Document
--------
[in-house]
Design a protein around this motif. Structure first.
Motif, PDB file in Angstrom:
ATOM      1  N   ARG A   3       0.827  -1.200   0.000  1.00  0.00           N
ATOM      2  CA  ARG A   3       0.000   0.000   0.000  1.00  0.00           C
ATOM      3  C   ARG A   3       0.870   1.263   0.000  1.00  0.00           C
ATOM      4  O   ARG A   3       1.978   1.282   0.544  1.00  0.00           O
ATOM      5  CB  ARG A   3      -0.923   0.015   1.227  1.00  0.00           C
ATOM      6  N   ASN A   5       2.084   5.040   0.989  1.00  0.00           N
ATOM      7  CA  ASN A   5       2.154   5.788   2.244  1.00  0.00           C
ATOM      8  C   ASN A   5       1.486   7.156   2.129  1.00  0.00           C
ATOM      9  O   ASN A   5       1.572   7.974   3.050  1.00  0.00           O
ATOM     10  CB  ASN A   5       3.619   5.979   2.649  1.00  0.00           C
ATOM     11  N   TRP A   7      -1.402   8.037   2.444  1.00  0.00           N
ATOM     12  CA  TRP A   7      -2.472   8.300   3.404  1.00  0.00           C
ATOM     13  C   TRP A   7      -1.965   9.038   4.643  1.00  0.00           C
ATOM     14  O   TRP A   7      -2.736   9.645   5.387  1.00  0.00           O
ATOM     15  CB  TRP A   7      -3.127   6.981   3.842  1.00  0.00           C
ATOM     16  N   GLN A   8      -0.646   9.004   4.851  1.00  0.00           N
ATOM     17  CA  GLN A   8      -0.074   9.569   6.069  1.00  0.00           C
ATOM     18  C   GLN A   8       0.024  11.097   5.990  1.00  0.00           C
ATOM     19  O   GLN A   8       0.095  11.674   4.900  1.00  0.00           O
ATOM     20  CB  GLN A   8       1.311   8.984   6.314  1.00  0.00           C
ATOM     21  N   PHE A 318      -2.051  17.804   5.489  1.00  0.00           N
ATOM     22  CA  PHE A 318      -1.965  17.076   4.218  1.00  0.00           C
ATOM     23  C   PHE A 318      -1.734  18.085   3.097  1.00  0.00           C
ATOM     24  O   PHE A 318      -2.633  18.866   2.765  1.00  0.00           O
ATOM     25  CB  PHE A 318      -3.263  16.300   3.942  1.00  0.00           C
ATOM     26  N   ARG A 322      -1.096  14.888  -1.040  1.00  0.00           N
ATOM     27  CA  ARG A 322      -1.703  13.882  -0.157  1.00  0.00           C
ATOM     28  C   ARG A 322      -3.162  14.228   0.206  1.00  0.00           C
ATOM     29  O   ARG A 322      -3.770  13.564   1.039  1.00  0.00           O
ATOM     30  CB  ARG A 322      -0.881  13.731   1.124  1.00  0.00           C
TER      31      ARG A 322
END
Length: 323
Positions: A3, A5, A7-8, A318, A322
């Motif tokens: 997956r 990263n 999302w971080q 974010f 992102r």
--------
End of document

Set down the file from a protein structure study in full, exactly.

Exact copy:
[in-house]
Design a protein around this motif. Structure first.
Motif, PDB file in Angstrom:
ATOM      1  N   ARG A   3       0.827  -1.200   0.000  1.00  0.00           N
ATOM      2  CA  ARG A   3       0.000   0.000   0.000  1.00  0.00           C
ATOM      3  C   ARG A   3       0.870   1.263   0.000  1.00  0.00           C
ATOM      4  O   ARG A   3       1.978   1.282   0.544  1.00  0.00           O
ATOM      5  CB  ARG A   3      -0.923   0.015   1.227  1.00  0.00           C
ATOM      6  N   ASN A   5       2.084   5.040   0.989  1.00  0.00           N
ATOM      7  CA  ASN A   5       2.154   5.788   2.244  1.00  0.00           C
ATOM      8  C   ASN A   5       1.486   7.156   2.129  1.00  0.00           C
ATOM      9  O   ASN A   5       1.572   7.974   3.050  1.00  0.00           O
ATOM     10  CB  ASN A   5       3.619   5.979   2.649  1.00  0.00           C
ATOM     11  N   TRP A   7      -1.402   8.037   2.444  1.00  0.00           N
ATOM     12  CA  TRP A   7      -2.472   8.300   3.404  1.00  0.00           C
ATOM     13  C   TRP A   7      -1.965   9.038   4.643  1.00  0.00           C
ATOM     14  O   TRP A   7      -2.736   9.645   5.387  1.00  0.00           O
ATOM     15  CB  TRP A   7      -3.127   6.981   3.842  1.00  0.00           C
ATOM     16  N   GLN A   8      -0.646   9.004   4.851  1.00  0.00           N
ATOM     17  CA  GLN A   8      -0.074   9.569   6.069  1.00  0.00           C
ATOM     18  C   GLN A   8       0.024  11.097   5.990  1.00  0.00           C
ATOM     19  O   GLN A   8       0.095  11.674   4.900  1.00  0.00           O
ATOM     20  CB  GLN A   8       1.311   8.984   6.314  1.00  0.00           C
ATOM     21  N   PHE A 318      -2.051  17.804   5.489  1.00  0.00           N
ATOM     22  CA  PHE A 318      -1.965  17.076   4.218  1.00  0.00           C
ATOM     23  C   PHE A 318      -1.734  18.085   3.097  1.00  0.00           C
ATOM     24  O   PHE A 318      -2.633  18.866   2.765  1.00  0.00           O
ATOM     25  CB  PHE A 318      -3.263  16.300   3.942  1.00  0.00           C
ATOM     26  N   ARG A 322      -1.096  14.888  -1.040  1.00  0.00           N
ATOM     27  CA  ARG A 322      -1.703  13.882  -0.157  1.00  0.00           C
ATOM     28  C   ARG A 322      -3.162  14.228   0.206  1.00  0.00           C
ATOM     29  O   ARG A 322      -3.770  13.564   1.039  1.00  0.00           O
ATOM     30  CB  ARG A 322      -0.881  13.731   1.124  1.00  0.00           C
TER      31      ARG A 322
END
Length: 323
Positions: A3, A5, A7-8, A318, A322
């Motif tokens: 997956r 990263n 999302w971080q 974010f 992102r």